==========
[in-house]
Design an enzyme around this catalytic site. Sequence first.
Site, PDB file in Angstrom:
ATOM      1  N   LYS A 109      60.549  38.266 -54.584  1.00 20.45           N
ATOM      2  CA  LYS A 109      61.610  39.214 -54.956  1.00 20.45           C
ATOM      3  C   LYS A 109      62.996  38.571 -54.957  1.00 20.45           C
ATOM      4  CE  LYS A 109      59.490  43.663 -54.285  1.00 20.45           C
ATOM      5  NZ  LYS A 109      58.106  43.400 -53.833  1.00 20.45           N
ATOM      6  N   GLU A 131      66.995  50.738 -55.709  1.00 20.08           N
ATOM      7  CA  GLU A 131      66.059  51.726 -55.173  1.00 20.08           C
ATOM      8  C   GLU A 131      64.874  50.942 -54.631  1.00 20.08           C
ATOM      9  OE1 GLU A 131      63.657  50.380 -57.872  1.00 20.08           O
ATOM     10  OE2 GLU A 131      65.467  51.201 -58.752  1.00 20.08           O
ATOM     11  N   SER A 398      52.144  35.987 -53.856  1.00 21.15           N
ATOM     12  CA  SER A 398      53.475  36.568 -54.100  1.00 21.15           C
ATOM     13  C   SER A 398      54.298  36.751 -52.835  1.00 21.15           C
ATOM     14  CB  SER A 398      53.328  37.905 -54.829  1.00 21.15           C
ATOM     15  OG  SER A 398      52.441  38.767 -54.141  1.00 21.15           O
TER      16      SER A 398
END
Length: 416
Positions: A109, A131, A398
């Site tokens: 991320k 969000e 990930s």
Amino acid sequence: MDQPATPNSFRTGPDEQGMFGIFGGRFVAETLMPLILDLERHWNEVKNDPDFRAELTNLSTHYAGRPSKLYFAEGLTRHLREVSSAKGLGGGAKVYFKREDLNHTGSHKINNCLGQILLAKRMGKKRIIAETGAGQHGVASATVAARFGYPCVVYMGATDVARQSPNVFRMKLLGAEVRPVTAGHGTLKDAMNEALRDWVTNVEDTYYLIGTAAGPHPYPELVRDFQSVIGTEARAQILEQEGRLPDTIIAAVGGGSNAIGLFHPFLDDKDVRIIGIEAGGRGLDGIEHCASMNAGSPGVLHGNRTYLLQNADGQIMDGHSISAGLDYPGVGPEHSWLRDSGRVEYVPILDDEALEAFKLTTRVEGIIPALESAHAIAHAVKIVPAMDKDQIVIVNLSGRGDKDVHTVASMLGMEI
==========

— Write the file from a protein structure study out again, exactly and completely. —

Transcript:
[in-house]
Design an enzyme around this catalytic site. Sequence first.
Site, PDB file in Angstrom:
ATOM      1  N   LYS A 109      60.549  38.266 -54.584  1.00 20.45           N
ATOM      2  CA  LYS A 109      61.610  39.214 -54.956  1.00 20.45           C
ATOM      3  C   LYS A 109      62.996  38.571 -54.957  1.00 20.45           C
ATOM      4  CE  LYS A 109      59.490  43.663 -54.285  1.00 20.45           C
ATOM      5  NZ  LYS A 109      58.106  43.400 -53.833  1.00 20.45           N
ATOM      6  N   GLU A 131      66.995  50.738 -55.709  1.00 20.08           N
ATOM      7  CA  GLU A 131      66.059  51.726 -55.173  1.00 20.08           C
ATOM      8  C   GLU A 131      64.874  50.942 -54.631  1.00 20.08           C
ATOM      9  OE1 GLU A 131      63.657  50.380 -57.872  1.00 20.08           O
ATOM     10  OE2 GLU A 131      65.467  51.201 -58.752  1.00 20.08           O
ATOM     11  N   SER A 398      52.144  35.987 -53.856  1.00 21.15           N
ATOM     12  CA  SER A 398      53.475  36.568 -54.100  1.00 21.15           C
ATOM     13  C   SER A 398      54.298  36.751 -52.835  1.00 21.15           C
ATOM     14  CB  SER A 398      53.328  37.905 -54.829  1.00 21.15           C
ATOM     15  OG  SER A 398      52.441  38.767 -54.141  1.00 21.15           O
TER      16      SER A 398
END
Length: 416
Positions: A109, A131, A398
């Site tokens: 991320k 969000e 990930s």
Amino acid sequence: MDQPATPNSFRTGPDEQGMFGIFGGRFVAETLMPLILDLERHWNEVKNDPDFRAELTNLSTHYAGRPSKLYFAEGLTRHLREVSSAKGLGGGAKVYFKREDLNHTGSHKINNCLGQILLAKRMGKKRIIAETGAGQHGVASATVAARFGYPCVVYMGATDVARQSPNVFRMKLLGAEVRPVTAGHGTLKDAMNEALRDWVTNVEDTYYLIGTAAGPHPYPELVRDFQSVIGTEARAQILEQEGRLPDTIIAAVGGGSNAIGLFHPFLDDKDVRIIGIEAGGRGLDGIEHCASMNAGSPGVLHGNRTYLLQNADGQIMDGHSISAGLDYPGVGPEHSWLRDSGRVEYVPILDDEALEAFKLTTRVEGIIPALESAHAIAHAVKIVPAMDKDQIVIVNLSGRGDKDVHTVASMLGMEI